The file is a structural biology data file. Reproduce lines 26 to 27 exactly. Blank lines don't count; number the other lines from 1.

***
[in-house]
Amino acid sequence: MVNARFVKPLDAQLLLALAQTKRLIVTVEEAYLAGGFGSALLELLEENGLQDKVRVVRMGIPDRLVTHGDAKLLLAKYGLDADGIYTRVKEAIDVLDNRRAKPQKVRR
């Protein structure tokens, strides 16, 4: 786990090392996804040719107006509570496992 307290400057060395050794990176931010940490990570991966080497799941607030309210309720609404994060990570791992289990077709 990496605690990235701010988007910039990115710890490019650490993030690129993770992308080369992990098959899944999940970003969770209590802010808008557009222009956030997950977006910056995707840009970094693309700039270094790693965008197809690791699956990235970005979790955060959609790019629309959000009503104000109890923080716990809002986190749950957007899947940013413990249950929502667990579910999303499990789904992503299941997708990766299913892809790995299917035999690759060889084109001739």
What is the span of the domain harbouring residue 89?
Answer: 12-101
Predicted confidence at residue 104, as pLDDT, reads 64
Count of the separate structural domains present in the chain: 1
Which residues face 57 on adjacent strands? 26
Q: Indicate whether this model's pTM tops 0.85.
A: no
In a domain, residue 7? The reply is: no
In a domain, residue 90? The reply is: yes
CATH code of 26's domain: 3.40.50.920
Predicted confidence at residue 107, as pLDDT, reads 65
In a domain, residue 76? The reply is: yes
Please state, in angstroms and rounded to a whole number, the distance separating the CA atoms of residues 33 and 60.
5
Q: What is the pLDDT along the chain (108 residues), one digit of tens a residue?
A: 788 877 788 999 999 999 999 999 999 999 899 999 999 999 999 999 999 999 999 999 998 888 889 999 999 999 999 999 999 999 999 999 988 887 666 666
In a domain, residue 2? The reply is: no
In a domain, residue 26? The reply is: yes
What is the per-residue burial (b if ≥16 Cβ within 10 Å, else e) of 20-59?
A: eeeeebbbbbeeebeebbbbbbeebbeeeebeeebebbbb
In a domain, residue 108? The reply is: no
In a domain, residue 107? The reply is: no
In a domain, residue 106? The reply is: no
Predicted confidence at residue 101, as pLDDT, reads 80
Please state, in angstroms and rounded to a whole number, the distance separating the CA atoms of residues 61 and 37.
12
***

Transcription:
In a domain, residue 106? The reply is: no
Predicted confidence at residue 101, as pLDDT, reads 80